FCO Travel Advice for - Korea (Republic of)

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  • On 4 March North Korea issued a statement which said it planned to nullify the Armistice Agreement from 11 March 2013. This follows a satellite launch in December and suspected nuclear test in February. This statement has raised tensions in the region. The FCO assess that there is currently no immediate increased risk or danger to those living in or travelling to South Korea as a result of this statement. However, you should continue to monitor news reports and this travel advice closely. See Political situation.

  • It’s not possible to enter North Korea from South Korea, unless you are making an official visit to the Kaesong Industrial Complex (KIC). The British Embassy in Seoul is unable to provide consular assistance to British nationals in the KIC, and access by the British Embassy in Pyongyang is limited.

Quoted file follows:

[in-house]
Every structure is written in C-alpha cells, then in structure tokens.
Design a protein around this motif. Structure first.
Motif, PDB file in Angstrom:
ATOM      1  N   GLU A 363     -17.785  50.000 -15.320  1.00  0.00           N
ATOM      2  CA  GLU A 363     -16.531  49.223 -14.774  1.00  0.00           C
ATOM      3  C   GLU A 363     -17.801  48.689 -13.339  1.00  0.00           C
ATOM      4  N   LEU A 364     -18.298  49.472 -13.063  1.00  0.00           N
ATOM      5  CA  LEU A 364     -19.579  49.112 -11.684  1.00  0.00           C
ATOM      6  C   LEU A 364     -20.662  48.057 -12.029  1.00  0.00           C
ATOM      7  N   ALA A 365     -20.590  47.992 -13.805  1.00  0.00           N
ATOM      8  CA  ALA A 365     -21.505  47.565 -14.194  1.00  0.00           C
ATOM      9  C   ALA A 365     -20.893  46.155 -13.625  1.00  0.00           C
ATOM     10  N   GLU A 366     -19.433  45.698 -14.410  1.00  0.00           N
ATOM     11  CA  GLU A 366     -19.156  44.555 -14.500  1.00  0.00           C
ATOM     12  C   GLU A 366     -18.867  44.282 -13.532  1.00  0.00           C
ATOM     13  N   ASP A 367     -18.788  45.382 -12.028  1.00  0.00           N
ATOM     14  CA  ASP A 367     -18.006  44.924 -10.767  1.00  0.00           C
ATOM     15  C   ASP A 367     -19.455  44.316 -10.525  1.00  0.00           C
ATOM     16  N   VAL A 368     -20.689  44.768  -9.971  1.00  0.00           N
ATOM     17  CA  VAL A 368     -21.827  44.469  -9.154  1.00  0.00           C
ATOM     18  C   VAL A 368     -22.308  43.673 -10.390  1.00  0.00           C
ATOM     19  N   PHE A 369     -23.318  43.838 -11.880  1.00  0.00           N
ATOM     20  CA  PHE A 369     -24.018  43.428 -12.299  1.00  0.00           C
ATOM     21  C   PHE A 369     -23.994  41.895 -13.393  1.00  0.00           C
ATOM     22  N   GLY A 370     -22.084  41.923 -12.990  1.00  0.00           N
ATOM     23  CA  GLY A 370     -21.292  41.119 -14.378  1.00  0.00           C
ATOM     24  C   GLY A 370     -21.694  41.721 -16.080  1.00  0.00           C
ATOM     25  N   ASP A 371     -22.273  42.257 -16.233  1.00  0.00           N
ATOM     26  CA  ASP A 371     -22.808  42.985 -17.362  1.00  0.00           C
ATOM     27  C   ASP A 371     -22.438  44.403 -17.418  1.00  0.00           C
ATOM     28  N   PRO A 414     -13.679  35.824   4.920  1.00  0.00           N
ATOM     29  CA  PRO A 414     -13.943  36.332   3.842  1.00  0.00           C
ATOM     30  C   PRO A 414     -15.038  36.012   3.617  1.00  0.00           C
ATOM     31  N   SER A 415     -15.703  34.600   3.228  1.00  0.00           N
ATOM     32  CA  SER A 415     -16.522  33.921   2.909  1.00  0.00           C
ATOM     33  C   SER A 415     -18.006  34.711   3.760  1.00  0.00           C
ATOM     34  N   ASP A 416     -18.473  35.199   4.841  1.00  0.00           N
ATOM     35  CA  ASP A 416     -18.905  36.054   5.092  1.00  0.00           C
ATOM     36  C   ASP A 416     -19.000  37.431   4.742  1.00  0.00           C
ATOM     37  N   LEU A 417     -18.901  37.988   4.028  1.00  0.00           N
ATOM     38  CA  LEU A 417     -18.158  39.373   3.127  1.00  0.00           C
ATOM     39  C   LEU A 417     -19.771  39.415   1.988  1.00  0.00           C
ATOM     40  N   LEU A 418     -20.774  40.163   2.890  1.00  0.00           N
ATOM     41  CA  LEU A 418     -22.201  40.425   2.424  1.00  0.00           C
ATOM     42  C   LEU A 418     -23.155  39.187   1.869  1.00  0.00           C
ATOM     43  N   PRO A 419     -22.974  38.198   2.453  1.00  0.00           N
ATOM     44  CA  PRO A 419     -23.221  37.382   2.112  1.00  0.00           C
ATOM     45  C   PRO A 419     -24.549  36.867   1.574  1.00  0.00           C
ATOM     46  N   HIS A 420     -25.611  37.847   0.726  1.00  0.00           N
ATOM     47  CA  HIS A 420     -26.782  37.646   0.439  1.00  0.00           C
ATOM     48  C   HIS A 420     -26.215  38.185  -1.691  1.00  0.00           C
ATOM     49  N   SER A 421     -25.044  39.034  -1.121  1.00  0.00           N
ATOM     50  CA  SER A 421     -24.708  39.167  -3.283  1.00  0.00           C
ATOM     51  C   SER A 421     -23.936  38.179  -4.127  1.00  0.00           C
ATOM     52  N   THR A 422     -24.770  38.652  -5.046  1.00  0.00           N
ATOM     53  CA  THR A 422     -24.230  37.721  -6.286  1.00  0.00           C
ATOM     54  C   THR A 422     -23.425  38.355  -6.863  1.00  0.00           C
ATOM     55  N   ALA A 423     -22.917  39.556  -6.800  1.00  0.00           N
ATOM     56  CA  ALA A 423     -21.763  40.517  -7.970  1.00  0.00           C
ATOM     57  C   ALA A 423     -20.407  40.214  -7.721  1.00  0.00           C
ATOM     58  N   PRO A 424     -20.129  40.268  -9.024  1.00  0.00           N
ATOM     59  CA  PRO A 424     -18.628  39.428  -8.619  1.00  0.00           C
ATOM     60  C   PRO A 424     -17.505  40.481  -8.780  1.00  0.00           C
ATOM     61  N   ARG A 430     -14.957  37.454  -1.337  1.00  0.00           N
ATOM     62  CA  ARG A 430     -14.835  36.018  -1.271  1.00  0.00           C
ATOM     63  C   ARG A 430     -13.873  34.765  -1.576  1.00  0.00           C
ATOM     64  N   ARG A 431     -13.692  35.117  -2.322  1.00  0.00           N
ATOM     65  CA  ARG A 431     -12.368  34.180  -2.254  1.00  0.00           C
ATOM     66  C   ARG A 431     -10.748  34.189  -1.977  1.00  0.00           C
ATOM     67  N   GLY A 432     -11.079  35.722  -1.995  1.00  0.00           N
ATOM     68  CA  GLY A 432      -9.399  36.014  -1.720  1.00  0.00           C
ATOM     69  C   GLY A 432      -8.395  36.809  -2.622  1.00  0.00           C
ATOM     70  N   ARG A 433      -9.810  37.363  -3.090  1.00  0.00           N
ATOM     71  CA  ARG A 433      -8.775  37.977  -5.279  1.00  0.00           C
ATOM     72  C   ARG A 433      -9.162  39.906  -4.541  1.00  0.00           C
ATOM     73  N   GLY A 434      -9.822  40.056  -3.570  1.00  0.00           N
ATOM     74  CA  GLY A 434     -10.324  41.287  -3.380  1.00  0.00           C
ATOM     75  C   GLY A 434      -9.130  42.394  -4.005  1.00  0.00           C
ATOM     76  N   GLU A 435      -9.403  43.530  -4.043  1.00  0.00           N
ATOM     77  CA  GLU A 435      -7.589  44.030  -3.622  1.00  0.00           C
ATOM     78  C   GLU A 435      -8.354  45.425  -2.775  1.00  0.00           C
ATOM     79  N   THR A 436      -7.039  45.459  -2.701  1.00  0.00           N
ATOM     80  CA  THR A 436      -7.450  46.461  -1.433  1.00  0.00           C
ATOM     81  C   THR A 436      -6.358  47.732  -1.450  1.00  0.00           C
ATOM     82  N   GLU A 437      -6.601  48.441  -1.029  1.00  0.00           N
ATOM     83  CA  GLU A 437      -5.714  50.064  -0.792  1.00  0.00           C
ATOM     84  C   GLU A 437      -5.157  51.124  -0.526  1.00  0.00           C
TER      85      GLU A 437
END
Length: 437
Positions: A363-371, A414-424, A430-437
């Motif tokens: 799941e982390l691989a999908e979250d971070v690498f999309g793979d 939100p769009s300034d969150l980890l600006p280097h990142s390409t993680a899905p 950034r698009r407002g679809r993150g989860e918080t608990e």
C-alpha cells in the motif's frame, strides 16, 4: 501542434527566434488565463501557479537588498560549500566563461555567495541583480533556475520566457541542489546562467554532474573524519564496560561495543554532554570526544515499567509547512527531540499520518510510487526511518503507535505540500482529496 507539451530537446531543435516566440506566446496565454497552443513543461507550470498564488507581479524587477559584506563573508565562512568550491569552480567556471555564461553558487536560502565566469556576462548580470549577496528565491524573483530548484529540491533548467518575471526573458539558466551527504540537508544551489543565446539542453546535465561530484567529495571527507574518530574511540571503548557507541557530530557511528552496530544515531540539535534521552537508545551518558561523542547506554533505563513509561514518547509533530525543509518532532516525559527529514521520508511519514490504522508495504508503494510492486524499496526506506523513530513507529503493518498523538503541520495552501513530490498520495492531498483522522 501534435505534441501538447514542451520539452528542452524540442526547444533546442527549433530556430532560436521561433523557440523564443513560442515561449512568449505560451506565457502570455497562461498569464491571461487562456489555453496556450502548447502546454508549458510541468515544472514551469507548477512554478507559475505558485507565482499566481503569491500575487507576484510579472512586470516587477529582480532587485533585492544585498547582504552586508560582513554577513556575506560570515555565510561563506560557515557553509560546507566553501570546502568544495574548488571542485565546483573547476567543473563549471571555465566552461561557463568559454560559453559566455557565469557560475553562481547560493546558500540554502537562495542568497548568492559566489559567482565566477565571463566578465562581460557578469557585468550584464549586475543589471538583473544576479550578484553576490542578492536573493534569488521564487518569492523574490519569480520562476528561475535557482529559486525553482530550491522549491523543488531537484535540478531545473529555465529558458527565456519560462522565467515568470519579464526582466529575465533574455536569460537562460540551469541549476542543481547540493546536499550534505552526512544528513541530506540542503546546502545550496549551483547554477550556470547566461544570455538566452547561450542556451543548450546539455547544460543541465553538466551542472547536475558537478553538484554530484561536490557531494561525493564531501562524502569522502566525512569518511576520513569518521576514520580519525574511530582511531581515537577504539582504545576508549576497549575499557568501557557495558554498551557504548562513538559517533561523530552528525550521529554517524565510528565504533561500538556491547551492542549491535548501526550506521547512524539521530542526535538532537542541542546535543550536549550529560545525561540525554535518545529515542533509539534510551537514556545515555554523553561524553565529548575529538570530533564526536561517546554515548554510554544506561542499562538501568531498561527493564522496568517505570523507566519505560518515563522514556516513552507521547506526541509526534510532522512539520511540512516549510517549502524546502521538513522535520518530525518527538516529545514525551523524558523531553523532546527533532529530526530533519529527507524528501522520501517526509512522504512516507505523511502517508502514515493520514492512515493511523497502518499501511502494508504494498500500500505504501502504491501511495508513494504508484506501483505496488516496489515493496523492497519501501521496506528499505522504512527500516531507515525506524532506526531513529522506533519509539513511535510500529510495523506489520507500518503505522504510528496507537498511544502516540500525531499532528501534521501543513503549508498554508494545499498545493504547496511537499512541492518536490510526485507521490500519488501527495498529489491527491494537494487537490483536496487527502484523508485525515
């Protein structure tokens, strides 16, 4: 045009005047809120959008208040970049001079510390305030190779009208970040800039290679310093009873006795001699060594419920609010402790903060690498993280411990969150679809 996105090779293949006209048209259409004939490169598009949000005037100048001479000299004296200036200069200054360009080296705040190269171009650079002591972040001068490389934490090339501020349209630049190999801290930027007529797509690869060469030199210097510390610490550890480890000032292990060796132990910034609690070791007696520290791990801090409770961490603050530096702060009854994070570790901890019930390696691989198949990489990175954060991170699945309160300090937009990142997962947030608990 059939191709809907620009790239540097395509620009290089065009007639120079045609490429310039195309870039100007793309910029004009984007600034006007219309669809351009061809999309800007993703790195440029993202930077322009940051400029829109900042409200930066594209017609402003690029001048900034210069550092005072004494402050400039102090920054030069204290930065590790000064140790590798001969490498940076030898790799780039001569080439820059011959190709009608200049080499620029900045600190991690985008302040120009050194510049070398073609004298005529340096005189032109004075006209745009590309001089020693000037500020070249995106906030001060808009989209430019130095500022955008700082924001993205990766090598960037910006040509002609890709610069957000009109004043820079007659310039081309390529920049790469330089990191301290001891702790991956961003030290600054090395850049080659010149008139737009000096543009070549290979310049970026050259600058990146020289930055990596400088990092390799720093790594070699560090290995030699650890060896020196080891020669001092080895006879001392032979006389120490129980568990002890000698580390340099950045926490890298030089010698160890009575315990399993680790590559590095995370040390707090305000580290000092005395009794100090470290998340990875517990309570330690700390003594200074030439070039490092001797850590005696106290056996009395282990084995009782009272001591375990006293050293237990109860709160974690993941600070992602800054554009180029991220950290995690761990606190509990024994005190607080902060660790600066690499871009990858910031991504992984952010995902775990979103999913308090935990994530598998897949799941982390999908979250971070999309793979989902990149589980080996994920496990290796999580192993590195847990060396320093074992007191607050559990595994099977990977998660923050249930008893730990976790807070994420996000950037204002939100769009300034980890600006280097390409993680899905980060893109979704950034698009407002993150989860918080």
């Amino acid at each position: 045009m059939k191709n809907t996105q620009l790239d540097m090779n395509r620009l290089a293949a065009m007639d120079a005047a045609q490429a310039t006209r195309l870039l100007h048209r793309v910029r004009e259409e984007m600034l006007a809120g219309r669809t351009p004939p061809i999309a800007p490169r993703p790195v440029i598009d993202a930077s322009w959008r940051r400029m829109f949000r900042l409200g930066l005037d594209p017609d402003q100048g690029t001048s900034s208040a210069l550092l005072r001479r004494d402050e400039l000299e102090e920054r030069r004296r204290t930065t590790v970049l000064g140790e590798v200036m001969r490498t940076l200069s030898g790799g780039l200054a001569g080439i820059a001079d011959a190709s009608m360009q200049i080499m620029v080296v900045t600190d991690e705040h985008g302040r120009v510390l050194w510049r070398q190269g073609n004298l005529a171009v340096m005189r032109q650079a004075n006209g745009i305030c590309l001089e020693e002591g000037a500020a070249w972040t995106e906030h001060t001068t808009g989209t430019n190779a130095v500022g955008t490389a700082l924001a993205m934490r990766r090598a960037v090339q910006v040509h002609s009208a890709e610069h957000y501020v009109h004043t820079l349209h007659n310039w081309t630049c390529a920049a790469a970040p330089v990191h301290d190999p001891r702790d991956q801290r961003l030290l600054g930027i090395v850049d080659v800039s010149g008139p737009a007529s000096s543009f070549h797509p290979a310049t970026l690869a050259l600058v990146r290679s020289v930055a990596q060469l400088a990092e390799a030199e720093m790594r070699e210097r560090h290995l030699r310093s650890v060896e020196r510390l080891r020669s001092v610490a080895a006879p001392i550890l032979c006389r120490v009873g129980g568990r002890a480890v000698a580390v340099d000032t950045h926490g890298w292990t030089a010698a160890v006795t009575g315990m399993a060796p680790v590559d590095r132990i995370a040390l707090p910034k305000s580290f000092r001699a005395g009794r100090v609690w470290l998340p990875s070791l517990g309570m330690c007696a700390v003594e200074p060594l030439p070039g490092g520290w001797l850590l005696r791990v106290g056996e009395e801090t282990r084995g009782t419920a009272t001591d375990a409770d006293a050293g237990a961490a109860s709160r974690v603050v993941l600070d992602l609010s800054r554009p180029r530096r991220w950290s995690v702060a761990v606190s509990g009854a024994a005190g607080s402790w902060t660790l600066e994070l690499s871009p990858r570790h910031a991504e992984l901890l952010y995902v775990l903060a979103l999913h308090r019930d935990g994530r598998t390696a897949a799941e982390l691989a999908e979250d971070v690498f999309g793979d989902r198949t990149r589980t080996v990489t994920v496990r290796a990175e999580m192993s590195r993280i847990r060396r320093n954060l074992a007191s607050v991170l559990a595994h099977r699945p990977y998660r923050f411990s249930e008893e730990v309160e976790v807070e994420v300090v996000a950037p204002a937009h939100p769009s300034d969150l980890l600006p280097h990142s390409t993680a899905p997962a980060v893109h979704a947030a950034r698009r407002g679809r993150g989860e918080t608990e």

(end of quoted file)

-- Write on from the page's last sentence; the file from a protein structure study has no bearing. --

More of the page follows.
• The South Korean authorities normally hold nationwide civil emergency exercises on the 15th day of the month, eight times a year (not January, February, July or December). Sirens are sounded, transport stopped and some people are asked to take shelter in metro stations or basements. You should check local announcements for further exercises.

  • There is a low threat from terrorism. See Terrorism.
  • Around 100,000 British nationals visit South Korea every year. Most visits are trouble-free. See Consular assistance statistics.

  • Take out comprehensive travel and medical insurance before you travel.
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